Burgundy cuisine, gastronomy and drinks
Blackcurrant is indeed a Burgundian peculiarity. Its real cultivation began in 1841, when a Dijon liqueur manufacturer produced for the first time a liqueur worthy of the name according to a new recipe (a maceration of blackcurrant grains in alcohol with the addition of sugar).
Mustard remains the true glory of the ducal capital. Dijon mustard has changed its taste over time, just as it has changed the taste (initially it was used to mask the taste of certain dishes or foods). From now on, this condiment is produced in an industrial way and the must of yesteryear (mixture of grape juice and verjuice) is often replaced by vinegar. As for mustard seeds, they are often harvested in Canada. Some rare craftsmen such as Beaunois Fallot, who set up in Dijon in 2014, still use the old process with flint grinding.
Wheat flour, a strong flavored honey like that of Morvan and some spices (cloves, cinnamon, nutmeg, anise ...) are the basis of this fine and artisanal product, imported from Flanders by the Dukes of Burgundy.
To find out more, visit for example the factory of the famous Mulot and Petitjean gingerbread factory in Dijon.
With around thirty varieties identified, Burgundy can present a more than honorable cheese platter, some of which, like Époisses, have a very strong taste.
- É The Soumaintrain et saint florentine are produced in Yonne, The chaourcecheese The cîpierre-qui-vire are the cheeses that are born under the vaults Goat cheese are produced all over the region. Among the best known: crottins from Chavignol (Sancerrois), Chaource and Langres or Charolais (newly labeled AOC), which are among the largest goat cheeses.
Other Burgundy specialties
- before. Purists use Chambertin for the marinade. The quality Full-bodied parsley ham The raw ham from Morvan: this dice Ham at The Morvan rosette and the Nolay judru: these peasant sausages differ sur-le-Doubs and Chalon-sur-Saô The e Corniottes: typical of Saôet-Loire, formerly prepared during the Ascension celebrations. A shortcrust pastry is garnished with cheese, closed in the shape of a purse and glued in a tricorn at its upper part.
- L & rsquo Morvan honey: all the scent of mountain flowers.
If the most surprising former duchess. There are no less than 115 appellations.
The different grape varieties
- Le pinot noir produces the great red wines of the Côte. It is the ideal grape variety for limestone hillsides in a temperate climate where it gives its best wines, tasty and full of finesse. Its yield is low and it mainly produces wines for aging, which must age 10 to 20 years before reaching their fullness.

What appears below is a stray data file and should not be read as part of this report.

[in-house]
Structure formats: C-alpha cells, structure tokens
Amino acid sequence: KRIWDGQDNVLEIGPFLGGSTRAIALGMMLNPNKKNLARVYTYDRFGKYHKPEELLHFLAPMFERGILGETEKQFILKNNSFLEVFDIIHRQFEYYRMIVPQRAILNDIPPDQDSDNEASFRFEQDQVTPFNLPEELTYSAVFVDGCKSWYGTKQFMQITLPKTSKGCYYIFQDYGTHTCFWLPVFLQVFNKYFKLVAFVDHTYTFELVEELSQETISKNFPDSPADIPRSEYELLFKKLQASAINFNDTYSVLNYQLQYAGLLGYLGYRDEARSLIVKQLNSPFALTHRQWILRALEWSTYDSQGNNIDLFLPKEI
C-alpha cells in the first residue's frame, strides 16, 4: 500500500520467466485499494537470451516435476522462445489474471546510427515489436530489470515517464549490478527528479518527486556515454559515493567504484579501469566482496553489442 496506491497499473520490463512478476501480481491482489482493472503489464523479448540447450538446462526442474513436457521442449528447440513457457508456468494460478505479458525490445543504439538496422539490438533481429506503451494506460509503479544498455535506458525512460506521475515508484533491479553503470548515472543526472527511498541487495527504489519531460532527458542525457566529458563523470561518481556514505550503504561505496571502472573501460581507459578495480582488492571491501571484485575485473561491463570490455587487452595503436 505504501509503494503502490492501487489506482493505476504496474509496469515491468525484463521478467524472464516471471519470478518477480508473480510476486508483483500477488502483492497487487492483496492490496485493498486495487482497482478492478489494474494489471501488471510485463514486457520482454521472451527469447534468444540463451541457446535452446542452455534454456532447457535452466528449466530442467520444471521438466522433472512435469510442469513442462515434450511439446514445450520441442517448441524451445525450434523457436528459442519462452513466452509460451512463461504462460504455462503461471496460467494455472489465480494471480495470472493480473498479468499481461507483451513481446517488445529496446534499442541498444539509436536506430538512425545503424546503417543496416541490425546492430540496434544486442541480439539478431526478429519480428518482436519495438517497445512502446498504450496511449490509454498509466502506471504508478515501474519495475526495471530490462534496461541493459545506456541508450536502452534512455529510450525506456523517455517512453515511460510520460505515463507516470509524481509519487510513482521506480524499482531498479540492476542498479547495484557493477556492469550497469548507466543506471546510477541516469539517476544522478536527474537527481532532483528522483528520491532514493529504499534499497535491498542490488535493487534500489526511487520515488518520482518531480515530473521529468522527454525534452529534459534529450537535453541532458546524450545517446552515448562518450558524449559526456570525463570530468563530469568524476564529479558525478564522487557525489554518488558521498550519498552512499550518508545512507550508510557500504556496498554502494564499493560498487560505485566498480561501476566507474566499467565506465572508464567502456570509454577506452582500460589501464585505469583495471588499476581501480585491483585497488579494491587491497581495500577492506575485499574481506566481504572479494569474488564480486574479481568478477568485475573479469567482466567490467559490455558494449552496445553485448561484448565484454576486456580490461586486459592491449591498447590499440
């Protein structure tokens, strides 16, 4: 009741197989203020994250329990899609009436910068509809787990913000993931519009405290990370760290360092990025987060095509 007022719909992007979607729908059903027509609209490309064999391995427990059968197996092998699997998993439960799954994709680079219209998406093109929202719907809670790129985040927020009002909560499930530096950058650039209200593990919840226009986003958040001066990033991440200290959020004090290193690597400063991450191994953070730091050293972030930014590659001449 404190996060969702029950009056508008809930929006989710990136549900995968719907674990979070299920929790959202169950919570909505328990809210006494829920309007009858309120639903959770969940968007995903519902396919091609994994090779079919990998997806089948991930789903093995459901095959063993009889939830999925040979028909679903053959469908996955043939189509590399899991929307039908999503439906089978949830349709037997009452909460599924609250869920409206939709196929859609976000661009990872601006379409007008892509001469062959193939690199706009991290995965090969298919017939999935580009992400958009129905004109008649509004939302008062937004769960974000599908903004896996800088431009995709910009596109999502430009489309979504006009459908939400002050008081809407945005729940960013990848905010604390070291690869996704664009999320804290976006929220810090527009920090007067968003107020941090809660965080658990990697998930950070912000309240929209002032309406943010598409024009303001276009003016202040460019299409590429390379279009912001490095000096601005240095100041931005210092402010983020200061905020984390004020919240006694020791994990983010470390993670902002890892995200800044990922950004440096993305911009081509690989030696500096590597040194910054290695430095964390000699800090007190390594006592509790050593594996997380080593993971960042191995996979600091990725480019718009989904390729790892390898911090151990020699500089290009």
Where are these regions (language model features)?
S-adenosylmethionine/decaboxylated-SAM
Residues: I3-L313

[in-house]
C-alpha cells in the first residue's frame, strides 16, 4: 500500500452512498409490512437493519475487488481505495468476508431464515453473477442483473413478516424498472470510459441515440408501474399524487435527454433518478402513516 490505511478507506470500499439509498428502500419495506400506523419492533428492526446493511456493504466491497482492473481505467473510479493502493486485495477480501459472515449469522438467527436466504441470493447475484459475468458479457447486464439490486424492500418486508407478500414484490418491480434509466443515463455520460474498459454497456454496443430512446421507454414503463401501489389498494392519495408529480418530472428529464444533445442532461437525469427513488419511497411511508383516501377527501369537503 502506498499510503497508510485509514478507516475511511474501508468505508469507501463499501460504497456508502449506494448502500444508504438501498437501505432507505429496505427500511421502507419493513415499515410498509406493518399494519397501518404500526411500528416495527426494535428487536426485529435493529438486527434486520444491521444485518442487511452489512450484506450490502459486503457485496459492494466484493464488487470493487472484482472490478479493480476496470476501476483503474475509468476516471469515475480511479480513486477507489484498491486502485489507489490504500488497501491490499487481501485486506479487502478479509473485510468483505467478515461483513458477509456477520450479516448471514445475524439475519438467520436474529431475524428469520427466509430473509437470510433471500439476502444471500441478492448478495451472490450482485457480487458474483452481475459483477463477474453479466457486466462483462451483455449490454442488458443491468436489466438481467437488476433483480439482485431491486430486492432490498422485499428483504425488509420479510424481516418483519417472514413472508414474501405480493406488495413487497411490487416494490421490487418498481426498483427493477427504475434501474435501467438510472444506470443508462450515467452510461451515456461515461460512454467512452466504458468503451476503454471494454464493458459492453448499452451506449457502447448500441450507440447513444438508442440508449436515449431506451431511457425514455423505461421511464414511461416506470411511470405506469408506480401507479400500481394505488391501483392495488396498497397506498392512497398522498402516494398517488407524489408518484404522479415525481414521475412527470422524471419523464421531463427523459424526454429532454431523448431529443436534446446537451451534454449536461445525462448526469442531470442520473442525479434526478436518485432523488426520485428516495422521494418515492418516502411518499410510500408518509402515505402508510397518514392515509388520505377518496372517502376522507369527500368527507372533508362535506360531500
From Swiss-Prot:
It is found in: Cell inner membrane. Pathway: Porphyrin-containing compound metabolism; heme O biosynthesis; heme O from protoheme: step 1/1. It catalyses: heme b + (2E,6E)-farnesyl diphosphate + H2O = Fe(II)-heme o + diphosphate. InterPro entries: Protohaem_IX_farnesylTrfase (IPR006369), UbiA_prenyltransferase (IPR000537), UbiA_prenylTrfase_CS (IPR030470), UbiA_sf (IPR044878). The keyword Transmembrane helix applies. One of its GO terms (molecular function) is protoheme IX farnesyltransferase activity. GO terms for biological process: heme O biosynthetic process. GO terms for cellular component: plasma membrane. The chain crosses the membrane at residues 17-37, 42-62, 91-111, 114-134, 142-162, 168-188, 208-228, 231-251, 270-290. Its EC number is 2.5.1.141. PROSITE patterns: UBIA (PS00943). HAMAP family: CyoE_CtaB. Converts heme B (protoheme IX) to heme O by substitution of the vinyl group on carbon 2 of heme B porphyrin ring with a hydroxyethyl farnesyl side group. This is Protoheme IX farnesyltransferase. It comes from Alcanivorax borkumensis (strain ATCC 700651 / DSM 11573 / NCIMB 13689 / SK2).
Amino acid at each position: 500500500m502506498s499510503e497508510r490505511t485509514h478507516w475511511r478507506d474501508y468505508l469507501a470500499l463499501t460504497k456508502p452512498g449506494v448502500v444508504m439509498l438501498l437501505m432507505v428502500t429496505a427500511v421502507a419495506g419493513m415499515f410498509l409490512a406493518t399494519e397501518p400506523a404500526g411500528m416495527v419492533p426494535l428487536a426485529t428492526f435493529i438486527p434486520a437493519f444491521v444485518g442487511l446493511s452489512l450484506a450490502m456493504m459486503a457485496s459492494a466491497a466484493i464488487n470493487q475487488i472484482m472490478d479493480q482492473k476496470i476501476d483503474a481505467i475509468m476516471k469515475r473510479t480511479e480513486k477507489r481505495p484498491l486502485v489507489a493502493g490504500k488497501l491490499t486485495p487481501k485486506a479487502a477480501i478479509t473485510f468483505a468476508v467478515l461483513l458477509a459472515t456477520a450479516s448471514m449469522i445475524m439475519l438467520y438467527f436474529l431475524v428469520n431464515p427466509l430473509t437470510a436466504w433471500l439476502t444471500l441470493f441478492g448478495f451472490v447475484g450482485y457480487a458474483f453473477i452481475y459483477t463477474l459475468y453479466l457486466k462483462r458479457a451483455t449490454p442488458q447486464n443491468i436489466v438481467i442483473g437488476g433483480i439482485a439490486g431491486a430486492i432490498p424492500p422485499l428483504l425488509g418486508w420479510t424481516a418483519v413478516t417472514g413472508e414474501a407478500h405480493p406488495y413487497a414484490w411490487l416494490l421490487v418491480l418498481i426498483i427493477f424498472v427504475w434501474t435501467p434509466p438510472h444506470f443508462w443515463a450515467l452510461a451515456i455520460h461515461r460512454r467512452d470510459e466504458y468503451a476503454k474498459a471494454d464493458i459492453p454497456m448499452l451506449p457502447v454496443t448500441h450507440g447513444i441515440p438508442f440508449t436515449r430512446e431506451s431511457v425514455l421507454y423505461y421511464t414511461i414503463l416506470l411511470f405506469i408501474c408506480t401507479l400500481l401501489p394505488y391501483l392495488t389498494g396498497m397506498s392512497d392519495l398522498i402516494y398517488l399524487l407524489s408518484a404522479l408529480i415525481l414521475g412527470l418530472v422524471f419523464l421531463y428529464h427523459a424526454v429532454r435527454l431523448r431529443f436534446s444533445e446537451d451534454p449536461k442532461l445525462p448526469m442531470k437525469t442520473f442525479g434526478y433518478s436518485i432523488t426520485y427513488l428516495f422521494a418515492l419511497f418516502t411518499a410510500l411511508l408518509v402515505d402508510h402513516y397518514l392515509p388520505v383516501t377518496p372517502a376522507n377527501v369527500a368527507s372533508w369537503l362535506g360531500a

- Le chardonnay is par excellence the cesaxons.
- Le gamay is the cécalcaires of MâCôtes, where it produces wines for daily consumption like the “grand ordinary”. It would have taken the name of a village around which today only pinot is cultivated!
- Aligoté is the autochthonous white grape variety which is used for the production of "bourgogne aligoté". It gives a very fresh, fruity white wine, which is normally drunk young.
- D & rsquoBris (150 ha), the melon in Tannay, the cease on the slopes of Auxerre ...
The Chablisien and the Auxerrois
The Chablis vineyards, located in Vineuse, Chitry and Saint-Bris, which produce excellent white wines.
Also in Yonne, also note the wine production of Joigny, Tonnerre, Épineuil and Vézelay which offer wines in regional appellation.
The Coast of Nights
The fabulous vineyards of CôSaint-Georges. It is in this cramped shred that the appellations with the mythical names of the villages are found.
What to confer cellar masters!
The clos de Vougeot
It produces a dark, powerful and full-bodied wine, which is extremely diversified by the paw of winemakers.
The Côte de Beaune
It is ÉSerrigny (south of Nuits-Saint-Georges) and Maranges, the last Corton and Pommard, the best white wines in the world: Corton-Charlemagne, Meursault, Chassagne-Montrachet and Puligny-Montrachet.
The Hautes-Côtes de Nuits and Beaune
ÀCôtes constitute a divided landscape. The high-altitude vineyards and the lower temperatures make these wines lighter and, with a few exceptions, they should be consumed more quickly.
The Chalonnaise coast
The lesser-known Côte Chalonnaise wines are excellent and affordable. The appellations bouzeron, rully, mercurey and givry give red wines.
The Réfuissévinzelles, Pouilly-Lochévéran have a beautiful golden yellow color; they are floral, fruity and deserve a long aging.